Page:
It should also be noted that North Sea gas resources, especially from the UK, are steadily decreasing while those of Norway are reaching a plateau. Further, US supplies are not unlimited, on the contrary, the US has to supply its own large market and it has far less reserves both of conventional and from shale than does Russia, Iran or Qatar. According to the US Energy Information Administration, in early 2014, proven reserves were around 10 TCM, which places the country in 5th place worldwide below Turkmenistan (17.5 TCM), Qatar (24 TCM), Iran (33 TCM) and Russia (49 TCM). The US consumes around 750 BCM per annum, the largest in the world, followed by Russia and the EU (around 450 BCM).

Another parameter of great importance is "consumer strategic competition" which is the new emerging market that will fight over increased supplies vi-a-vis the EU. At a recent international energy conference in Istanbul, interesting details were presented. Sohbet Karbuz, director of the hydrocarbon sector of the Mediterranean Energy Observatory, estimated that by 2040 the energy consumption in the Mediterranean will increase by 50%. That would be the result of the rise of population and economic activity. With the exception of Israel and its newly found offshore reserves of around 650 BCM gas, the rest of the counties have to battle challenges of political and social instability, most notably Egypt, while trying to increase their energy capacity. The Southern Mediterranean counties will need much more energy than now, including gas via imports.

Israeli gas capacity will mostly go to secure the indigenous energy security needs of the country, while the Εco Energy Financial & Strategic Consulting, and its CEO Amit Mor, estimate that Egypt would be a preferred export market and not the EU. Speaking recently at a conference in Nicosia, Cyprus, he relayed to local press that Turkey continues to be a non-preferred option as a transit route for the gas to reach Europe, due to political reasons. Moreover, the East Med Pipeline to shift gas to Greece and then Italy is not a viable project due to its cost and technical challenges and depressing pricing environment, whilst quantities found do not justify such a project. While Greece and Cyprus continue to lobby Brussels for that pipeline, it can be safely estimated that if more and significant offshore reserves are not found in the region, then it has extremely limited chances of being materialized.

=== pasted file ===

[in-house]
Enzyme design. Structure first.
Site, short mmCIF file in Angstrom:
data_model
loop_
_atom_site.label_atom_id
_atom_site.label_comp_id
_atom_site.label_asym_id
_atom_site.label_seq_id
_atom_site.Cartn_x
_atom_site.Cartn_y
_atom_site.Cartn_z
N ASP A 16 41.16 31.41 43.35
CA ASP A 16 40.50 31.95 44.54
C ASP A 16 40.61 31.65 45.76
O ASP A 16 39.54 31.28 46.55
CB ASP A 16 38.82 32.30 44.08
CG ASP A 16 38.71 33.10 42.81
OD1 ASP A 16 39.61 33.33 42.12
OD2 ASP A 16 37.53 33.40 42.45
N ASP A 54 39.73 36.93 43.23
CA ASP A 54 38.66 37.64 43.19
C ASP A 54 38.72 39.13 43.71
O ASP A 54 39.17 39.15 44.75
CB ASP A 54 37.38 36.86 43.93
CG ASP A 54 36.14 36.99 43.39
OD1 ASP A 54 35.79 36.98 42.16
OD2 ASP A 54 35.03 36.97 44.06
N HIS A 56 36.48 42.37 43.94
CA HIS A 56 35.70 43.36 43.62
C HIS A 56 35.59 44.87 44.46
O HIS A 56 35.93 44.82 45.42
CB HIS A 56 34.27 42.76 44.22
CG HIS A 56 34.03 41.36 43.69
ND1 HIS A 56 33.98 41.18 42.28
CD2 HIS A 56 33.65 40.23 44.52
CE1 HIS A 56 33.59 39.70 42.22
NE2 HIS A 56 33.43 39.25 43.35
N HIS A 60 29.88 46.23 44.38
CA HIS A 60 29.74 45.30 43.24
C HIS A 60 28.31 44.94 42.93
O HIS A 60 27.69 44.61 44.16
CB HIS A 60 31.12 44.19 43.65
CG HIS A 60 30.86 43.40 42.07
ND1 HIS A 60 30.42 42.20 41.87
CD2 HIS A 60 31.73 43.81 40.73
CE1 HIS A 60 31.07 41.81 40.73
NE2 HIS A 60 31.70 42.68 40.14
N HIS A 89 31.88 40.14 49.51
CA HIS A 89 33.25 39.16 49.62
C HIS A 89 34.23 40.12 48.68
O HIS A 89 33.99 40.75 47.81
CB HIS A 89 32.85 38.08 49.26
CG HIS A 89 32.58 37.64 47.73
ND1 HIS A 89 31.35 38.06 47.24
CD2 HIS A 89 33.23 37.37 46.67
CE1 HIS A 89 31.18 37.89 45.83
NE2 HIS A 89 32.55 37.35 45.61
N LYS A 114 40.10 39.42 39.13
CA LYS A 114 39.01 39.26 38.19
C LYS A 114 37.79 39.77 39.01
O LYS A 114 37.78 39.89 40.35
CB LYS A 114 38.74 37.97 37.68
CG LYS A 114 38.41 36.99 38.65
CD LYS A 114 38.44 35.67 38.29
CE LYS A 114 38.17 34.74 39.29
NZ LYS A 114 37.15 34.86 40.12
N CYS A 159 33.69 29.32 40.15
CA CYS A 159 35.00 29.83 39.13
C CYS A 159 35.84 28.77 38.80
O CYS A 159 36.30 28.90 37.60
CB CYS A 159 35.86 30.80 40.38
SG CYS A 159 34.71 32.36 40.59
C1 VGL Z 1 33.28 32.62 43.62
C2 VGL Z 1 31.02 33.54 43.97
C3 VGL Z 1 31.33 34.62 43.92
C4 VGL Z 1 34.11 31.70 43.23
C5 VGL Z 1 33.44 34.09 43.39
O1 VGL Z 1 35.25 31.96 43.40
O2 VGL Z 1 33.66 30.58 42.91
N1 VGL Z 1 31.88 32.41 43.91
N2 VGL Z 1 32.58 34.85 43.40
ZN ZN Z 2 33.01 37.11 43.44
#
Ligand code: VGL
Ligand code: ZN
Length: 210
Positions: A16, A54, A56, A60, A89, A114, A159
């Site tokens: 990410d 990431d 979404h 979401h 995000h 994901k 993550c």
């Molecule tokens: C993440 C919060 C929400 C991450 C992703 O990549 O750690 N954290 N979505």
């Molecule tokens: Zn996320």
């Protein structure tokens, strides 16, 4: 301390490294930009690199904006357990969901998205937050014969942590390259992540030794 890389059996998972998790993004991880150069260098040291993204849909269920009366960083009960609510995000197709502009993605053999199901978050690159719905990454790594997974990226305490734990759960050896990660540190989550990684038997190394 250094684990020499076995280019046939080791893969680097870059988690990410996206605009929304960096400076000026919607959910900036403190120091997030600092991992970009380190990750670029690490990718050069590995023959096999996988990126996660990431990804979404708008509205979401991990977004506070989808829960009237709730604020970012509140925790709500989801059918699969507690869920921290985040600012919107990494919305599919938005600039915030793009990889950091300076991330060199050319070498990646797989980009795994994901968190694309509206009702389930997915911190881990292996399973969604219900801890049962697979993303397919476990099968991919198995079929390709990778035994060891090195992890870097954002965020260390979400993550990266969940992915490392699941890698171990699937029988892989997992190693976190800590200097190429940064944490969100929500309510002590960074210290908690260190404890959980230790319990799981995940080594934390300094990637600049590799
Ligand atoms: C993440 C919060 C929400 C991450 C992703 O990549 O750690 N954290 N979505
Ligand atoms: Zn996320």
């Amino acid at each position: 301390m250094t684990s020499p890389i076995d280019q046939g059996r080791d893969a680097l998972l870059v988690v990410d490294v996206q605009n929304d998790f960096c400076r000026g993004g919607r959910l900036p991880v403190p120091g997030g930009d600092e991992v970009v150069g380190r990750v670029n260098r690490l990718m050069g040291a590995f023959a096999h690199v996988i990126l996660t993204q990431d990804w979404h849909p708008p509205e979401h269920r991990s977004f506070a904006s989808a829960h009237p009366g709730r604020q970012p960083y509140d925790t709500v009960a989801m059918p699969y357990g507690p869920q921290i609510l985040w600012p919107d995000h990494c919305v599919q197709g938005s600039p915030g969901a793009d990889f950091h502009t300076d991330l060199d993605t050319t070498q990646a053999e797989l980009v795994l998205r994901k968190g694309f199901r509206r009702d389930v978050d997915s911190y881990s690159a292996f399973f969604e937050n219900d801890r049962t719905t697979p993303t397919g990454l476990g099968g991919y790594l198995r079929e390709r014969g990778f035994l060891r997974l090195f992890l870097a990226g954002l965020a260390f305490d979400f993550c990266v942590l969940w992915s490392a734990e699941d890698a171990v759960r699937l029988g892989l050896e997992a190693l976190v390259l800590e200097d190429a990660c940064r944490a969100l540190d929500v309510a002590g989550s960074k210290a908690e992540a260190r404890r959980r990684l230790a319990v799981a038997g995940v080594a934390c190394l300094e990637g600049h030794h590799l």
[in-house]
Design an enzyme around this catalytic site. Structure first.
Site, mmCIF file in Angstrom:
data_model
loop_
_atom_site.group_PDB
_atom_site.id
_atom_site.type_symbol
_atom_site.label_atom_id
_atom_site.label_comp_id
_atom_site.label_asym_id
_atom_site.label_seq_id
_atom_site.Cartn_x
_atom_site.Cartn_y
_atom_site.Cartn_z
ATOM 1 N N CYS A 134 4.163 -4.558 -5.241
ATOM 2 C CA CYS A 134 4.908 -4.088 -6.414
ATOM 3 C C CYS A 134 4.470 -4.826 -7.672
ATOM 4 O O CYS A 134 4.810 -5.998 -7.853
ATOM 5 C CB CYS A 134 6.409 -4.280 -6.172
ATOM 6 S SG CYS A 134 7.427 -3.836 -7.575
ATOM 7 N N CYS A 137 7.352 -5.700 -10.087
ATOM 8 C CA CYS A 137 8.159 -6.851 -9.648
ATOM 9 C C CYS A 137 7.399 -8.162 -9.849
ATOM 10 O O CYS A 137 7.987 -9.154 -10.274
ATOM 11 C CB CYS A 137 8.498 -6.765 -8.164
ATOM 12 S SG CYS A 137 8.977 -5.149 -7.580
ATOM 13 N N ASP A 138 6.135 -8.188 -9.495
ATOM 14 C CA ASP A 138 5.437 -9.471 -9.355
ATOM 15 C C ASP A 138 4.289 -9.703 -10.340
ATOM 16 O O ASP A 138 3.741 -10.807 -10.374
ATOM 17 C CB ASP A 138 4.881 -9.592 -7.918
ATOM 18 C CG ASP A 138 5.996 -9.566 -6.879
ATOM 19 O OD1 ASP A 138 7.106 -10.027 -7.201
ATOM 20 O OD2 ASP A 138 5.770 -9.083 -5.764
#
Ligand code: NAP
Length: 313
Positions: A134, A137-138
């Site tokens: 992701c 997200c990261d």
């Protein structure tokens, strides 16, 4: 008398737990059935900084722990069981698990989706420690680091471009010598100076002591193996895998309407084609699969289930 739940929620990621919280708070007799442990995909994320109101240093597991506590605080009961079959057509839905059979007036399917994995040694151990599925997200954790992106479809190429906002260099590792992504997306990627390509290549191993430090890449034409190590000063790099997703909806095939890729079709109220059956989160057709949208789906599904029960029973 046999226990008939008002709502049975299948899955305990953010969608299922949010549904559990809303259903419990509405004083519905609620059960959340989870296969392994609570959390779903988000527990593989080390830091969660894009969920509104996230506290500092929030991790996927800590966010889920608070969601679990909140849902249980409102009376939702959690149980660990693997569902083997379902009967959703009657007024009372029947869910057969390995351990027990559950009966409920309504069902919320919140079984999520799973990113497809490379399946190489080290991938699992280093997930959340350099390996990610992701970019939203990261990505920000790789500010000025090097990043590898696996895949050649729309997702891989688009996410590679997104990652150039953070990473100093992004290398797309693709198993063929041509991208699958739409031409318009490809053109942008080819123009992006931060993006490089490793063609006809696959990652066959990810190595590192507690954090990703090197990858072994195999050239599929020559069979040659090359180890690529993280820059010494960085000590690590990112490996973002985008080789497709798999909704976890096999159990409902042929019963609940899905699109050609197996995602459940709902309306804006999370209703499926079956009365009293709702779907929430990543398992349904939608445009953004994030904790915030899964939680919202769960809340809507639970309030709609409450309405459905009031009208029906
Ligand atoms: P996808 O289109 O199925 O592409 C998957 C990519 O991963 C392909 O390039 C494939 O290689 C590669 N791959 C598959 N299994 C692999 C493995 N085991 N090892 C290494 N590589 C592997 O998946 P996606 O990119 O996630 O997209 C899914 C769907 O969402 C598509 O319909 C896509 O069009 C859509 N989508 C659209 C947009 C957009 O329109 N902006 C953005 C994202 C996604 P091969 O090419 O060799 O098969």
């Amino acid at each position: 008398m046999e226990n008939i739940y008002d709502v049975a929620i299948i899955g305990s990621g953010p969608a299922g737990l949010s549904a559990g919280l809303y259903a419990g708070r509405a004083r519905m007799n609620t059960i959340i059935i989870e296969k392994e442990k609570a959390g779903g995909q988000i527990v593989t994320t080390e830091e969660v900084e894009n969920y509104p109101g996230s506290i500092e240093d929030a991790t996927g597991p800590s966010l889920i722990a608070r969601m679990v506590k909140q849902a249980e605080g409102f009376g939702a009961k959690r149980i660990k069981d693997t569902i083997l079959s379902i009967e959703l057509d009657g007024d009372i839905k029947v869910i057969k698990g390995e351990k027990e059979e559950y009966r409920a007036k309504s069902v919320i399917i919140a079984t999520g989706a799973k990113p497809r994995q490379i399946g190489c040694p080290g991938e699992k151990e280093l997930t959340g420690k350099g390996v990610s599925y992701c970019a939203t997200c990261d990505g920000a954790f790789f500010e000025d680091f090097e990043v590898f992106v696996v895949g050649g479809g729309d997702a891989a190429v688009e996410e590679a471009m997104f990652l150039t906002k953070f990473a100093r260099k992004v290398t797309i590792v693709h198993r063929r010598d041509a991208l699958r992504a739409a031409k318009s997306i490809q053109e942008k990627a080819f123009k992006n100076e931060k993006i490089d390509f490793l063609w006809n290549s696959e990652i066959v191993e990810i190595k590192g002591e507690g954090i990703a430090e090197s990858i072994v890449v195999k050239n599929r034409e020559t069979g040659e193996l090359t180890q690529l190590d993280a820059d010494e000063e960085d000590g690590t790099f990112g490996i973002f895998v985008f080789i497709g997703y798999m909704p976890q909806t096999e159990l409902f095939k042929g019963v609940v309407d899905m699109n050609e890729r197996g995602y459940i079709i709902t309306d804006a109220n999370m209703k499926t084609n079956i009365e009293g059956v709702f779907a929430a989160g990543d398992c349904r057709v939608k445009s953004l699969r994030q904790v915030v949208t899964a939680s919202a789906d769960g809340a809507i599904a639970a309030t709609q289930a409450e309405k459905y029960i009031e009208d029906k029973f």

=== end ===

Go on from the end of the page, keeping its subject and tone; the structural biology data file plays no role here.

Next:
The EU may find itself soon back to square one when designing its long-term natural gas strategy. The facts and parameters at hand point out that it needs to have stable relations with existing suppliers, far more attention into sector energy efficiency and diversification of energy production, such as use of nuclear and coal energy and further strengthening of research for potential indigenous reserves.

In any case the political implications of the Ukrainian crisis for instance cannot change the facts on the ground which clearly calls for the EU markets to find a modus vivendi with the Russian producers, who are slowly but steadily diverting their own supplies to Europe's industrial rival, namely China.